--sharedstatedir=DIR    modifiable architecture-independent data [PREFIX/com]
 --localstatedir=DIR     modifiable single-machine data [PREFIX/var]
 --runstatedir=DIR       modifiable per-process data [LOCALSTATEDIR/run]
 --libdir=DIR            object code libraries [EPREFIX/lib]
 --includedir=DIR        C header files [PREFIX/include]
 --oldincludedir=DIR     C header files for non-gcc [/usr/include]
 --datarootdir=DIR       read-only arch.-independent data root [PREFIX/share]
 --datadir=DIR           read-only architecture-independent data [DATAROOTDIR]
 --infodir=DIR           info documentation [DATAROOTDIR/info]
 --localedir=DIR         locale-dependent data [DATAROOTDIR/locale]
 --mandir=DIR            man documentation [DATAROOTDIR/man]
 --docdir=DIR            documentation root [DATAROOTDIR/doc/PACKAGE]
 --htmldir=DIR           html documentation [DOCDIR]
 --dvidir=DIR            dvi documentation [DOCDIR]
 --pdfdir=DIR            pdf documentation [DOCDIR]
 --psdir=DIR             ps documentation [DOCDIR]

System types:
(............................)

(05-12-2021, 10:35 AM)Mashiro Wrote: However you can create yourself a folder somewhere and use that as your web root given you setup the permission correctly. You can use different web roots per vHost / each webpage. (...)
Yes!.. But in the case of RedHat-based systems, you need to let SELinux know of that change for that to work.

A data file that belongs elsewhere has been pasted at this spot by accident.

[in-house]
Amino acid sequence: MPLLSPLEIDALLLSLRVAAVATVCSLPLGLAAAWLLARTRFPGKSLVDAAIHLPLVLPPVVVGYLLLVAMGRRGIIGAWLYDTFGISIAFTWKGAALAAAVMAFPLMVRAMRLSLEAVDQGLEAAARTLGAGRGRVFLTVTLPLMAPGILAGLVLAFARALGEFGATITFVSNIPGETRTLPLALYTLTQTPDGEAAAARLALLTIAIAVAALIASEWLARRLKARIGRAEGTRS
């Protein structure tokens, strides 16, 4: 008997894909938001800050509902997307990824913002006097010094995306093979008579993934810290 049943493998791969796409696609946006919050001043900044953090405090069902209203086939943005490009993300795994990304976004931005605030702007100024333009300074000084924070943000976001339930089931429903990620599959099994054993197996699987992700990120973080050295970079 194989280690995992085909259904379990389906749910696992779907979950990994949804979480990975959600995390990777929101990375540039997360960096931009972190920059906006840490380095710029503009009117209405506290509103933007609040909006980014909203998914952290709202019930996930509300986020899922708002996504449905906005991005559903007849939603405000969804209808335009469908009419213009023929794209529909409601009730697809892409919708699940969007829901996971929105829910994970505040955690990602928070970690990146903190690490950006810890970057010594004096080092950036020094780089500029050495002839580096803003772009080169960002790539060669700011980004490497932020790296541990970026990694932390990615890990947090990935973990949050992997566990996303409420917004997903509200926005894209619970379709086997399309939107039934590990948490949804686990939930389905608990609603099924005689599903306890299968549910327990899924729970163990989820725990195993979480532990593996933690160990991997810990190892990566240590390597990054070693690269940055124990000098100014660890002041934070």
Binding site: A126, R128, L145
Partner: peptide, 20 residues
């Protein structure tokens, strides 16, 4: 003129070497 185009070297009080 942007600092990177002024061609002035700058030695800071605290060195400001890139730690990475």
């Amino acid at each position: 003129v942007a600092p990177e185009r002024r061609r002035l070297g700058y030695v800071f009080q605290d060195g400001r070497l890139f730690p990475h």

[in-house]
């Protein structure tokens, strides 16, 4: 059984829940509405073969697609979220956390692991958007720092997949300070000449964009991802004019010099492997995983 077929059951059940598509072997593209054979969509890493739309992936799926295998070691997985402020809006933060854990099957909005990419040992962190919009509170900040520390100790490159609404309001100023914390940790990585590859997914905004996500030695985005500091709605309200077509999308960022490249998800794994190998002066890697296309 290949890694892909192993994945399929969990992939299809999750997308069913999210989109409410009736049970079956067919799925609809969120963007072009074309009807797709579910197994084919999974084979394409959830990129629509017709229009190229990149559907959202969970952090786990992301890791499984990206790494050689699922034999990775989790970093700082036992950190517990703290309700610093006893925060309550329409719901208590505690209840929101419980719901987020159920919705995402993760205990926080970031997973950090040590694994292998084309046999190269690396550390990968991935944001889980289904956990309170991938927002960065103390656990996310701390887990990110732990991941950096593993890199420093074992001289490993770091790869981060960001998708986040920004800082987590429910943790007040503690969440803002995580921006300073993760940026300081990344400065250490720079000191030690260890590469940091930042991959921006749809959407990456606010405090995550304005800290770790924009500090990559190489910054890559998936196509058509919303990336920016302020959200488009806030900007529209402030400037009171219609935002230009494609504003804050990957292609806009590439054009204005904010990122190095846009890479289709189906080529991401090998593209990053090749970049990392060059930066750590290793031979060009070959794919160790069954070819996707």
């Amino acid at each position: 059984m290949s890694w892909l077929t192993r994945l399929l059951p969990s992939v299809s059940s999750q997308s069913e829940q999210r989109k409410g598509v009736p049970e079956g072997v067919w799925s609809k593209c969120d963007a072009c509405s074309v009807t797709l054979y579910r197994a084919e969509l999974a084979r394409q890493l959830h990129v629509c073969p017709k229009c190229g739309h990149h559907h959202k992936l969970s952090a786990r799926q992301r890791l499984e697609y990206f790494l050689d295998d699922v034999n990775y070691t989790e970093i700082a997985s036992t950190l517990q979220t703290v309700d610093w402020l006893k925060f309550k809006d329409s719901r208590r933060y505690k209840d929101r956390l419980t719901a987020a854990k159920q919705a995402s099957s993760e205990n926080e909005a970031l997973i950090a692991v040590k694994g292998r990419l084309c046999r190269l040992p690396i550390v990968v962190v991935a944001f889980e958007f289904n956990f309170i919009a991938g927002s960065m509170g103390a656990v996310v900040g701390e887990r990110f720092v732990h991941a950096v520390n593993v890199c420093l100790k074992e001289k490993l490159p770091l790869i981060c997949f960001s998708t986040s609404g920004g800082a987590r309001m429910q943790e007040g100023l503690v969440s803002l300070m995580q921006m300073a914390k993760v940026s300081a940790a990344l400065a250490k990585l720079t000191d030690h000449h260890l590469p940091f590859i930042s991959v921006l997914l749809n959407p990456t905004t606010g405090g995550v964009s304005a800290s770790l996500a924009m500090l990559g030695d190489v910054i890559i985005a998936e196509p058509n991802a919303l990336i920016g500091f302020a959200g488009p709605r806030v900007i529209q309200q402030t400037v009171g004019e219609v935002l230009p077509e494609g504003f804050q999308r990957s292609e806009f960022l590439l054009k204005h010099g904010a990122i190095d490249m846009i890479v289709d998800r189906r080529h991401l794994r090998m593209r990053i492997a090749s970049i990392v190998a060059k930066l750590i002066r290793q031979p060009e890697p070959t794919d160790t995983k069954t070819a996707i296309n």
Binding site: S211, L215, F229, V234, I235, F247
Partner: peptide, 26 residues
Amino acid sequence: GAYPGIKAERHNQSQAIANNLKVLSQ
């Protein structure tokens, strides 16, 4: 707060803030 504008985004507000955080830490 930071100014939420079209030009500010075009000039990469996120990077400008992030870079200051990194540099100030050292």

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#7
(05-12-2021, 11:27 PM)fChk Wrote: Yes!.. But in the case of RedHat-based systems, you need to let SELinux know of that change for that to work.

Most of the tutorials I've worked through ask for SELinux to be disabled.  Which obviously completely defeats the purpose.  But yes, SELinux can be a headache for a beginner.  If you have time for a tutorial one day, like the one for changing Port 22, it would be awesome.  

For now my easiest out has been to disable SELinux as part of setting up httpd.  

@Mashiro is correct with what he said.  Last night I studied the file setup of VestaCP.  var/www/http is empty.  The Websites are built under /home/admin/web/domain.tk/public_html.  One also finds detailed configuration in the /home/admin/conf/web sub-directory.  Each Website has a detailed configuration like this one:

Quote:VirtualHost 185.12*.**.**:8080>

   ServerName domain.tk
   ServerAlias www.domain.tk
   ServerAdmin [email protected]
   DocumentRoot /home/admin/web/domain.tk/public_html
   ScriptAlias /cgi-bin/ /home/admin/web/domain.tk/cgi-bin/
   Alias /vstats/ /home/admin/web/domain.tk/stats/
   Alias /error/ /home/admin/web/domain.tk/document_errors/
   #SuexecUserGroup admin admin
   CustomLog /var/log/httpd/domains/domain.tk.bytes bytes
   CustomLog /var/log/httpd/domains/domain.tk.log combined